The stress and tension at the Bureau of Secret Service was something that none of the participants had ever experienced before. The brows of the telepaths were covered with continuous sweat. The reports that came to the desk of Andrew were negative and discouraging. Depression and despair rose on all sides as hopes started to fade.

Early one morning, William Melville entered the office of Bird. The chief carried a folder of recent reports. He stepped close to the desk and placed all he held in his hand in front of Andrew.

“Here is one report you have to read. It is either significant or meaningless. I myself am unable to decide one way or the other.”

Andrew took the folder, opened it, and perused what it contained.

He felt a humming vibration in his brain and nerves the more he read.

Melville watched him without making a single sound.

At last, Bird closed the file and looked up at his superior, still standing as if in military formation.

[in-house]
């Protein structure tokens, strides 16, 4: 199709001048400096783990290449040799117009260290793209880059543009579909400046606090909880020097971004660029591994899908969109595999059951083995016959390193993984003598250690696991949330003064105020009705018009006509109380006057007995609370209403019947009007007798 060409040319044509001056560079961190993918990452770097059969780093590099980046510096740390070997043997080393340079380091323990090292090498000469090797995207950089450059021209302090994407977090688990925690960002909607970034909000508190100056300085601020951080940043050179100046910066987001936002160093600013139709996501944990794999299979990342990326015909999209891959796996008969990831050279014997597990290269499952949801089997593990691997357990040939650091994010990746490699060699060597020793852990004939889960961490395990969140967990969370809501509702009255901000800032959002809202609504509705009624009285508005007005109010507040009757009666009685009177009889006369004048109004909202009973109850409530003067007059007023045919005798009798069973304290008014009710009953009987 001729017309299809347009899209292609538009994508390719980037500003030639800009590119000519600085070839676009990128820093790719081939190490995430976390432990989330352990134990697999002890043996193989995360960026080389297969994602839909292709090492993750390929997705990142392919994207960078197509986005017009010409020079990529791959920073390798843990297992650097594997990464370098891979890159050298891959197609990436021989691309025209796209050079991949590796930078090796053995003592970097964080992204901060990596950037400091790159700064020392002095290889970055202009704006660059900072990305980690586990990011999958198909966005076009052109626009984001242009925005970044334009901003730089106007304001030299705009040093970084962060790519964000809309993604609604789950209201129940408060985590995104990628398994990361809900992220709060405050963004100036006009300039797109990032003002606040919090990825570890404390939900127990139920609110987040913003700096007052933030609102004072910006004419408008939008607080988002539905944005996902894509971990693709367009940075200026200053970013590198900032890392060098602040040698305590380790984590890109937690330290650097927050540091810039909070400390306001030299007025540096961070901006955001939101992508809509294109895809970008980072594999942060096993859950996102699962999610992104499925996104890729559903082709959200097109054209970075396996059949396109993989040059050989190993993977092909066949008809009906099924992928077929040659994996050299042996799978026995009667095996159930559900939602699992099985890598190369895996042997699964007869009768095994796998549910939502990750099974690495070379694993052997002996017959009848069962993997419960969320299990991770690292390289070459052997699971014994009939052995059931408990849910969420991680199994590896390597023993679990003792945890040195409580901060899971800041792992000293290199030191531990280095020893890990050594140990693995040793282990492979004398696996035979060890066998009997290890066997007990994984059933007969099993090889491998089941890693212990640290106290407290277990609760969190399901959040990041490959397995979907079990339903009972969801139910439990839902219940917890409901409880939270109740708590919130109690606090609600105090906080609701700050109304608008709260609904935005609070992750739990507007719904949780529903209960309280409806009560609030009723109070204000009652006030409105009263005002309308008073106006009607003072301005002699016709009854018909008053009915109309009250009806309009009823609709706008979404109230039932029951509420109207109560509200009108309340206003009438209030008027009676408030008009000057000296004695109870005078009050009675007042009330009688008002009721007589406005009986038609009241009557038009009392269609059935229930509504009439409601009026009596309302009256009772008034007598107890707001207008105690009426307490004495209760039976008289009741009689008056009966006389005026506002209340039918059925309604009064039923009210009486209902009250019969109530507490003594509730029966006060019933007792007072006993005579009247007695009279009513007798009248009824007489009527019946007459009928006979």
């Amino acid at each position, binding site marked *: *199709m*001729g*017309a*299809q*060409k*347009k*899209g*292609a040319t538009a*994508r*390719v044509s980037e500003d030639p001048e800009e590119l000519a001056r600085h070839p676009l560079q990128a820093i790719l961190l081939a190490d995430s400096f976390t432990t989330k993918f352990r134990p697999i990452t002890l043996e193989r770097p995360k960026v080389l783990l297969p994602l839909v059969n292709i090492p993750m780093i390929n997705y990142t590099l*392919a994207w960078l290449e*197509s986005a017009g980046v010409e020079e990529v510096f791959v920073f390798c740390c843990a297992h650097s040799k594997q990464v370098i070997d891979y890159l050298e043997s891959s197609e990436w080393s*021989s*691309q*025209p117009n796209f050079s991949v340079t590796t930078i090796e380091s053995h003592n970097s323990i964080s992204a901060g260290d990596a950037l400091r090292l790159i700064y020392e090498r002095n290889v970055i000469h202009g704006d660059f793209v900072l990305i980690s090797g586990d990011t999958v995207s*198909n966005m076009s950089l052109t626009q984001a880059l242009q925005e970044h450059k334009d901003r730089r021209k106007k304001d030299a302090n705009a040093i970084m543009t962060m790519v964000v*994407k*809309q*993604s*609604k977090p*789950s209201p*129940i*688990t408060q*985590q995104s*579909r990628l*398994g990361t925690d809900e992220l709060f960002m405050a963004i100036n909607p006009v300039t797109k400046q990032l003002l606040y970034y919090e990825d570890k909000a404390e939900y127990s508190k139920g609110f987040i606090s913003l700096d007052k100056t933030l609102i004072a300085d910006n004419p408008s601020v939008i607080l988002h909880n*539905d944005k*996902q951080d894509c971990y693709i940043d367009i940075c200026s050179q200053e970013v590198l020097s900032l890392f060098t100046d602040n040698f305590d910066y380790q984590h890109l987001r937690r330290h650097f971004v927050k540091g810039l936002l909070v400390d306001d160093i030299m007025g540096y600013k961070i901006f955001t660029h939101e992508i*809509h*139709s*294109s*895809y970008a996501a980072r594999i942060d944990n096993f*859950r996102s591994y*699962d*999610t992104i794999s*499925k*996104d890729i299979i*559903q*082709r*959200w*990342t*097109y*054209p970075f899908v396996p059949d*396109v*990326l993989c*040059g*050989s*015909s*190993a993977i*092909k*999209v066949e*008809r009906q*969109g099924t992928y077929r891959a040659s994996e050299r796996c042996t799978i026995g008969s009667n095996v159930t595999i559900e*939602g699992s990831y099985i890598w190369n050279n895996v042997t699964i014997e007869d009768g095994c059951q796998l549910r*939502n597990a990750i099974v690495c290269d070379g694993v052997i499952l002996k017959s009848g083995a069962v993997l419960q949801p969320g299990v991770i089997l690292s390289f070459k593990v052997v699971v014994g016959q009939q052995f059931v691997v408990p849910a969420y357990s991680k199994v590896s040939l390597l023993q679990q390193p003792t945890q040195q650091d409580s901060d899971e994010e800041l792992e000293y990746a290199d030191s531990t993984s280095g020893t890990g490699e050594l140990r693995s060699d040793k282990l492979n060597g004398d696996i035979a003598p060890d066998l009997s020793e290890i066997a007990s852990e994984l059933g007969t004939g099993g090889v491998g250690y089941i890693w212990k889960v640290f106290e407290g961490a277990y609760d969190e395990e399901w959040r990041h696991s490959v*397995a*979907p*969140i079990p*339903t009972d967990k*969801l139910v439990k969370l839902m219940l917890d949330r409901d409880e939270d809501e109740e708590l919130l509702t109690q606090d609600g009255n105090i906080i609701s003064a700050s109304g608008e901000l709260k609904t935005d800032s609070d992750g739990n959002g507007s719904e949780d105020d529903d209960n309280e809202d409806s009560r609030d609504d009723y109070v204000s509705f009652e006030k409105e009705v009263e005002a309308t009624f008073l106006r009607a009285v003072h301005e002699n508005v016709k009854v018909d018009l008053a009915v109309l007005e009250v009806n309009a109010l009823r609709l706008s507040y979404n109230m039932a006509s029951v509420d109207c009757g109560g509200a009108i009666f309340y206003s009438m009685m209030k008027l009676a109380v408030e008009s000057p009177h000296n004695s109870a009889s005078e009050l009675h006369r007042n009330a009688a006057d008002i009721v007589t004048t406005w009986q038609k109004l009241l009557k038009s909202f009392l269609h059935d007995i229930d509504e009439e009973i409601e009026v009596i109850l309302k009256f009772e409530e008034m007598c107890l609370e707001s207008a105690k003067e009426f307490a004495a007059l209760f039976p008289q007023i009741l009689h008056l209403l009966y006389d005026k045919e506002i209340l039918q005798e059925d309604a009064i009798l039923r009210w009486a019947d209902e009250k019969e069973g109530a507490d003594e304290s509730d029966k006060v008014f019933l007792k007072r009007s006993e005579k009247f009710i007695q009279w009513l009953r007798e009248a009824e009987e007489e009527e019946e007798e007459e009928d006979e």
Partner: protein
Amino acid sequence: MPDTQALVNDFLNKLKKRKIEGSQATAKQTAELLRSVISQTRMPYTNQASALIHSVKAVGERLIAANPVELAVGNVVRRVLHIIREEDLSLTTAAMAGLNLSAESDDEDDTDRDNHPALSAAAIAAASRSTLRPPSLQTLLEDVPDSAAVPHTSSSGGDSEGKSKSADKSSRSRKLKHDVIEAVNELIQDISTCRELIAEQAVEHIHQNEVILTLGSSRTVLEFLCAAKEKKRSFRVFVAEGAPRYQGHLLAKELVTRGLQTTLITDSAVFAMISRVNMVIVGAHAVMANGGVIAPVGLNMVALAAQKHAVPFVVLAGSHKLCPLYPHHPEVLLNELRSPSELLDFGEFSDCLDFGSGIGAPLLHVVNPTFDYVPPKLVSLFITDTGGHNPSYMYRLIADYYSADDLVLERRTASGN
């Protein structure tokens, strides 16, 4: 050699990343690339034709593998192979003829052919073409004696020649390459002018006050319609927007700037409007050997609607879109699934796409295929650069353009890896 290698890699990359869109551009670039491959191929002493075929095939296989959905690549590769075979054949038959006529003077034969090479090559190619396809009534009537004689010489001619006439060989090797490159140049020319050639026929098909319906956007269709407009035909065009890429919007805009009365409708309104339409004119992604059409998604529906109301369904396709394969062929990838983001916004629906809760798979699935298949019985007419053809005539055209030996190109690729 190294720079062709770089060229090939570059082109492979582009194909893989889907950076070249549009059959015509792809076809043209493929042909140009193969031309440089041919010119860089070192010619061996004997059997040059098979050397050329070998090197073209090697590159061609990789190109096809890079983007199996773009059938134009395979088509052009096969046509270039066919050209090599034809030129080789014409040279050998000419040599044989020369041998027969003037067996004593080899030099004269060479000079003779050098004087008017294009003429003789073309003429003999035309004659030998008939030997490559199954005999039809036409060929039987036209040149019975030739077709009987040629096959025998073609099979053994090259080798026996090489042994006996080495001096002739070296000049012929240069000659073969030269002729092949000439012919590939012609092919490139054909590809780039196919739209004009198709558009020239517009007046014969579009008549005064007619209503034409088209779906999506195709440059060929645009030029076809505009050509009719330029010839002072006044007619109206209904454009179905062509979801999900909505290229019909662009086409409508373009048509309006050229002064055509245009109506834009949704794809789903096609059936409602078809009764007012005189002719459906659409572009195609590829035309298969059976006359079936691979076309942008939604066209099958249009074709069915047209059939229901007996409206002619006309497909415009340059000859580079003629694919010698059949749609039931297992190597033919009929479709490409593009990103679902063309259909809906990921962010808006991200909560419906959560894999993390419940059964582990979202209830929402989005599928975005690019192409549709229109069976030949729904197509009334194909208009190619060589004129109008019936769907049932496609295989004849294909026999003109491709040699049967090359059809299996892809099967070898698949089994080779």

“What can it mean?” asked Andrew. “I cannot understand these reports about French amateur psychics receiving transmissions containing information in German sent over telegraph wires and on electromagnetic waves. Are their receptions resulting because of continued emissions by our marconis in Germany? If so, why do we still fail to receive them here in England?

“I don’t see the meaning of these fantastic reports at all. They come to us because they are being gathered by British Army Intelligence on the Western Front. What is blocking their further movement to London?”

Melville moved closer, picking up the folder off the desk top.

“If our marconis can be picked up in France, that means that they continue to transmit. But why, then, do our people here fail to receive any signals whatsoever?”

He gave the other a questioning, glaring look.

“The shielding wall is not over there on the Continent,” reasoned Andrew aloud,”therefore, it can only be further to the west, somewhere here in England. A wall in our own country is isolating the receptor psychics from the transmissions being sent to them.”